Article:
Rassie dismisses frock froth as Boks line up all-white jersey for Ireland

19 September 2023 - 12:00 By Liam Del Carme in Paris
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Director of rugby Rassie Erasmus.
Director of rugby Rassie Erasmus.
Image: David Rogers/Getty Images

In the capital of haute fashion and sartorial elegance, it is a plain white Springbok jersey that is commanding some of the rugby world's attention.

At the very least large swathes of Springbok fandom, who got their knickers in a knot that they don't get to watch their team in their more traditional strip as often as they might wish. The Boks, for their august, and long-anticipated clash at the Stade de France against Ireland on Saturday, will run out as if they are attending PT class. 

That the Boks have had to yield to Ireland in who gets to wear their traditional strip has left them green with envy.

SA Rugby on Monday released a statement, mostly in bullet point, to perhaps drive home the point they are trying to make, and one got the distinct impression their director of rugby Rassie Erasmus doesn't share the whole froth over a frock hysteria.

“That question gets asked every week and the answer will never change. The decision has been made. We all know about the colour-blindness initiative where World Rugby is trying to make it possible for more people to watch the game. We fully understand that,” Erasmus said.

“We as the Springbok team know we are representing our country. We have the Springbok on our badge. We understand some people like it and some don't.

“If you ask the younger generation they love it, if you ask the older generation they say a lot of tradition goes out the window. We are just getting on with the job. We are playing in the white one this week. We are playing for South Africa and that is the most important thing.”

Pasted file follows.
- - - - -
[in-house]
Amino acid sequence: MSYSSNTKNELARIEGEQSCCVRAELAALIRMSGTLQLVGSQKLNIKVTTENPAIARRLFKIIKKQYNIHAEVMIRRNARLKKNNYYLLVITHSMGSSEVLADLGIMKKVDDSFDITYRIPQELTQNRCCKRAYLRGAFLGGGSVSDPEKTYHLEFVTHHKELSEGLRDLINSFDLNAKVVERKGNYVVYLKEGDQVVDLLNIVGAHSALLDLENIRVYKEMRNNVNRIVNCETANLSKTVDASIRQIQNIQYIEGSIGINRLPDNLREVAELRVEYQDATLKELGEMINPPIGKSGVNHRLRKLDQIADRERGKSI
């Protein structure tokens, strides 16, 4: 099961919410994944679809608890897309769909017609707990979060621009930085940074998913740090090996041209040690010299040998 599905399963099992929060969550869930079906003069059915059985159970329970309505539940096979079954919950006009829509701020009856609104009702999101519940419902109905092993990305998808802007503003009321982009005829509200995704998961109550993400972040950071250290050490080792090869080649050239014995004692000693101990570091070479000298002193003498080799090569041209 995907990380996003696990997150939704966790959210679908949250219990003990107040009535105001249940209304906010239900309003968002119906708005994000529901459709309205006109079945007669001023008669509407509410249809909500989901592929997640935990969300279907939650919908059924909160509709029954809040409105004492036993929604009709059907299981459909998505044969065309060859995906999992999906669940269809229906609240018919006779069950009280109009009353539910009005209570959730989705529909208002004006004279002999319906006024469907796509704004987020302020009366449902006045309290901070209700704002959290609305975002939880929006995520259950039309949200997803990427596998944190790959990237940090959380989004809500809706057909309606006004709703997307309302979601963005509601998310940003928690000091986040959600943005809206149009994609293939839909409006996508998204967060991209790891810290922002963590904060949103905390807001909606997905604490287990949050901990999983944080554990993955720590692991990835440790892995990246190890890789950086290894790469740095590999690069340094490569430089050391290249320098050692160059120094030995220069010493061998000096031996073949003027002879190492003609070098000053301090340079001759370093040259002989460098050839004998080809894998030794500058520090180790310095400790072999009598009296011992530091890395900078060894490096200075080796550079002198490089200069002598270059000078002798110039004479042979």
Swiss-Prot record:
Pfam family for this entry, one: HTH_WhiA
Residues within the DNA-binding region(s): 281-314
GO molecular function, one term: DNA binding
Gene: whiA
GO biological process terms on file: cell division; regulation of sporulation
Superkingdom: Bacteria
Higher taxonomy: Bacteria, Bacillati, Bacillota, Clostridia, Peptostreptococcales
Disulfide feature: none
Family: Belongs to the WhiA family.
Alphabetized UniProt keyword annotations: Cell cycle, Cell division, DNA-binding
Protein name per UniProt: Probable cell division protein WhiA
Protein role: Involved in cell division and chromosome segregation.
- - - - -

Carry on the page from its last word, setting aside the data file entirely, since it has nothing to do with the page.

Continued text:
SA Rugby said in their statement on those occasions where a jersey clash must be avoided, the Springboks may be required to wear an alternate jersey. They reminded fans about the new colour-blindness guidelines in operation at the Rugby World Cup, which have increased the number of occasions one of the competing teams is required to wear an alternative jersey.

The regulations stipulate no two teams can wear dark jerseys in a match.

The Springboks were also forced into a jersey change for their clash against Scotland, though that hyper-jade variant got supporters spilling their Lagerfeld, while others Chanel-ed their energy on social media in the hope the jersey would be shown the Dior.

SA Rugby's statement was to the point:

“South Africa’s first alternate is hyper-jade and white; the second alternate is white with a hyper-jade collar. Replicas of the primary (green) and alternate (hyper-jade) have been produced for sale.

“The second alternate (all white) will be worn against Ireland as the hyper-jade is too like Ireland’s green jersey. Should the Springboks progress to the knockout stages of the competition, and if they are drawn as Team B against a team with a clashing colour the team will wear the hyper-jade alternate as the first option.

“Jerseys are designed by sports team apparel manufacturers and ultimately approved by the relevant federation.”

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